Corn is a cross-pollinated crop; that is, pollination of the silks of any ear is largely accomplished by pollen from some other plant. When allowed to reproduce normally the resulting plants exhibit variation in all measurable characteristics. Each plant has received an assortment of hereditary potentialities from its two parents, some good and some bad. Even plants of excellent appearance may carry undesirable elements in a masked condition. These undesirable characteristics will reappear in later generations as a result of the reassortment of the hereditary material. If the undesirable elements are not masked, the affected plant may be low in yield or even barren. The frequent occurrence of barren plants or plants with small ears in open-pollinated varieties is responsible for most of the difference in yielding ability between such strains and the best hybrids.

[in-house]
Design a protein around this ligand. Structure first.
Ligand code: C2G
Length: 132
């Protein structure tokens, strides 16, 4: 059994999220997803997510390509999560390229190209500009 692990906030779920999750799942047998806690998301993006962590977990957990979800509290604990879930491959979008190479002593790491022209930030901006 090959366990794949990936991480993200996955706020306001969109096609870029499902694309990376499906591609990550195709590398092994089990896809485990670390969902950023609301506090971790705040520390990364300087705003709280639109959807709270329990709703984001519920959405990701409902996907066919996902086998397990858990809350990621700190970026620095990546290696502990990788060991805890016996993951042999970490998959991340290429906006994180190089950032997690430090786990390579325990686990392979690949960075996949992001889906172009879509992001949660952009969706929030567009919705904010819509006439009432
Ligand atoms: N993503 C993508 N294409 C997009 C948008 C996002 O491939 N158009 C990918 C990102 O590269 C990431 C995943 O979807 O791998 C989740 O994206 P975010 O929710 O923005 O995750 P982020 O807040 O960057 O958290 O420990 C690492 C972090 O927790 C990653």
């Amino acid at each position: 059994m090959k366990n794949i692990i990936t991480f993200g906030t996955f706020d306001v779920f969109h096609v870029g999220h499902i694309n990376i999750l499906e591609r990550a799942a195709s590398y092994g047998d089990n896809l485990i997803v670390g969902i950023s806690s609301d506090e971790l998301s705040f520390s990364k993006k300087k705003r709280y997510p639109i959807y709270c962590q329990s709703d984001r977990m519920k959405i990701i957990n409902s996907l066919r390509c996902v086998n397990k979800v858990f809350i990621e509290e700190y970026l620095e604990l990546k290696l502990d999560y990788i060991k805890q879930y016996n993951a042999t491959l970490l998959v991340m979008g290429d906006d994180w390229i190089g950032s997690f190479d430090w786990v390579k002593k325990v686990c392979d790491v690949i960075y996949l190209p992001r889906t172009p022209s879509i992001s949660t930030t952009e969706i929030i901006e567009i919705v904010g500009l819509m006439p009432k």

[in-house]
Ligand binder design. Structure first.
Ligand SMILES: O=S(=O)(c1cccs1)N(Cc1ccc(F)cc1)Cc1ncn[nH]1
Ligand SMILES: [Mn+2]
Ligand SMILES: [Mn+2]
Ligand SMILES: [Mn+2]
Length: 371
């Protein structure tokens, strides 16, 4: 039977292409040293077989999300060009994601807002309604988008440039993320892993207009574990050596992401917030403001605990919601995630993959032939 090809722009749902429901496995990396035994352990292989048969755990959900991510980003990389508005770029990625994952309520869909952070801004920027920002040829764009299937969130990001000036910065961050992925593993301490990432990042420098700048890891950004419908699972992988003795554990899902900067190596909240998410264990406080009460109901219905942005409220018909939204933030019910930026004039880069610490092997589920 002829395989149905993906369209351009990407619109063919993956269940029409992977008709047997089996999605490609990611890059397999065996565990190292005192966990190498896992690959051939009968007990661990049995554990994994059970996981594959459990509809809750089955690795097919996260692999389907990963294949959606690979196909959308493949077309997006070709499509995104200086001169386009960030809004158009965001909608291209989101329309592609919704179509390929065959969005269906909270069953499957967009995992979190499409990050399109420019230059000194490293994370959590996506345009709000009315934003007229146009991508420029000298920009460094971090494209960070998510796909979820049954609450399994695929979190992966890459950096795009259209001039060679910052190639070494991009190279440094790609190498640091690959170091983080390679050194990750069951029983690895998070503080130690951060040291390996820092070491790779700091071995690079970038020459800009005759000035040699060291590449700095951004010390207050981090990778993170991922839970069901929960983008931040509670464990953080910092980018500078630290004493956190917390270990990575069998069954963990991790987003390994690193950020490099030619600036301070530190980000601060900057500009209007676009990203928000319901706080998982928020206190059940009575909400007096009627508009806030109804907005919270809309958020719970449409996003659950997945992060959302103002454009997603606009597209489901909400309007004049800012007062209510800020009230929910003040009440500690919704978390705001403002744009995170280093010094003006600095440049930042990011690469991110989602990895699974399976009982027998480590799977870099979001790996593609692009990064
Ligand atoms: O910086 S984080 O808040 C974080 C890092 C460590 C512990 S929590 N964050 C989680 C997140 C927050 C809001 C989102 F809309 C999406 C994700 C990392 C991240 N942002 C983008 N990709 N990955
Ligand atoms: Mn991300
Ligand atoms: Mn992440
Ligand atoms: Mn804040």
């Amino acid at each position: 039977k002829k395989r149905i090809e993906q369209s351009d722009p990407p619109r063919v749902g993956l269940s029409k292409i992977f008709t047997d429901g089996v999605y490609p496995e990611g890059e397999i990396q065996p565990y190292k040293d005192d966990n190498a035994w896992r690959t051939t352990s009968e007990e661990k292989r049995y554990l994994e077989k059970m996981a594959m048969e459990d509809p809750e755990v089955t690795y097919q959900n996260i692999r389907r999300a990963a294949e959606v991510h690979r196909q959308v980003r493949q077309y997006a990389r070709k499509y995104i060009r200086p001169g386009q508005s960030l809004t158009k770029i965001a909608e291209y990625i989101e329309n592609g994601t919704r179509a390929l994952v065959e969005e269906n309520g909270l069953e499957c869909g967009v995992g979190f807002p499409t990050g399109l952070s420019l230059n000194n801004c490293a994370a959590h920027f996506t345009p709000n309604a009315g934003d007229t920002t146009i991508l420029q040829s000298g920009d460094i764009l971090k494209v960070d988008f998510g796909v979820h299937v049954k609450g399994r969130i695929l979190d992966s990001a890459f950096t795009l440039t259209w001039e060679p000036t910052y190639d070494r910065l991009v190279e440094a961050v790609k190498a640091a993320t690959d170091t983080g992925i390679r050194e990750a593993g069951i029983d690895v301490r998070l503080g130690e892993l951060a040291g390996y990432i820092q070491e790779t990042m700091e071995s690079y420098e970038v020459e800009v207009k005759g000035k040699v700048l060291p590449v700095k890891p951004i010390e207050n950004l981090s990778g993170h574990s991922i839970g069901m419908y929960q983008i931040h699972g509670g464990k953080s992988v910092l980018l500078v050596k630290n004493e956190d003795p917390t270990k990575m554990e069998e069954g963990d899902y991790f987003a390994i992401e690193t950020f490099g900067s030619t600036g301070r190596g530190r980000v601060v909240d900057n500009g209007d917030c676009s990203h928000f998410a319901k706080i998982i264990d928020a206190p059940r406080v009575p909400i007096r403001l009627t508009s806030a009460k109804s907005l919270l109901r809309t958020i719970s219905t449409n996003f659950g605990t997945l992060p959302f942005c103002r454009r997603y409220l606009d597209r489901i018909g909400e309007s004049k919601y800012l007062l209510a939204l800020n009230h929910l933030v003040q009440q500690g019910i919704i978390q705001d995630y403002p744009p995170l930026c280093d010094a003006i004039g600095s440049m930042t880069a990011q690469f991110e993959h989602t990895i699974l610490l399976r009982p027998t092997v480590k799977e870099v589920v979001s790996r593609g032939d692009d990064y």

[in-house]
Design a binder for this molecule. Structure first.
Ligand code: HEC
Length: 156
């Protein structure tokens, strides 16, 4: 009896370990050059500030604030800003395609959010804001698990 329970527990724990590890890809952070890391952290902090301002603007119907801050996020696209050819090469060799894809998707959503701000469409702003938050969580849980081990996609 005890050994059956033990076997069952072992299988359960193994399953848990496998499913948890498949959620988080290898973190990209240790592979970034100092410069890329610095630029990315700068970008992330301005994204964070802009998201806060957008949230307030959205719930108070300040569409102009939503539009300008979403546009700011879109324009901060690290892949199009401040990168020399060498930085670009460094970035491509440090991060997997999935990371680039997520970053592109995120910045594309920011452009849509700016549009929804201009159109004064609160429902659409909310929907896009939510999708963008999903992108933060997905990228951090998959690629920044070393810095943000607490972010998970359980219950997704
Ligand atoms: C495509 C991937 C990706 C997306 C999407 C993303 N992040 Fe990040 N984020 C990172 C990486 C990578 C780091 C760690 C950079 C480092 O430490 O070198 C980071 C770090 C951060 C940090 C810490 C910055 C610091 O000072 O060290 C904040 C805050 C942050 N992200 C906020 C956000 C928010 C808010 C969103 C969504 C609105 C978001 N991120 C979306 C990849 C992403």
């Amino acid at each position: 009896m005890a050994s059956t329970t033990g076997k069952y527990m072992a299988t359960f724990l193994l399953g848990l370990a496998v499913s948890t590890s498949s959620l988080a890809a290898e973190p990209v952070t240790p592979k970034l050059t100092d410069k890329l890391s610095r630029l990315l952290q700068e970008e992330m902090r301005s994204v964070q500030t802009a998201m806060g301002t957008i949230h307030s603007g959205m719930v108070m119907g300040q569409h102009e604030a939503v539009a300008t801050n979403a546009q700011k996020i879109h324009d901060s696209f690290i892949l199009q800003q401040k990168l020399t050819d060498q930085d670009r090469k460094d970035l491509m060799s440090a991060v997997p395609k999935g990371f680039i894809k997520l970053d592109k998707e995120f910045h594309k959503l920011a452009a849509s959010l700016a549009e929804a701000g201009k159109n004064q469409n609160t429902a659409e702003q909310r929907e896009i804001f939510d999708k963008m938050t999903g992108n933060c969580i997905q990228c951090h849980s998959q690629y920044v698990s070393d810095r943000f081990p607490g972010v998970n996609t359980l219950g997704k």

The mode of pollination has been the major factor responsible for the failure or success of past and present systems of com breeding. The methods which have been used may be classified under the general heading of mass selection, ear-to-row selection, varietal hybridization and selection within and among inbred lines.
Sprague, G. F.
"Production of hybrid corn,"
Bulletin P: Vol. 2
, Article 1.
Available at: http://lib.dr.iastate.edu/bulletinp/vol2/iss48/1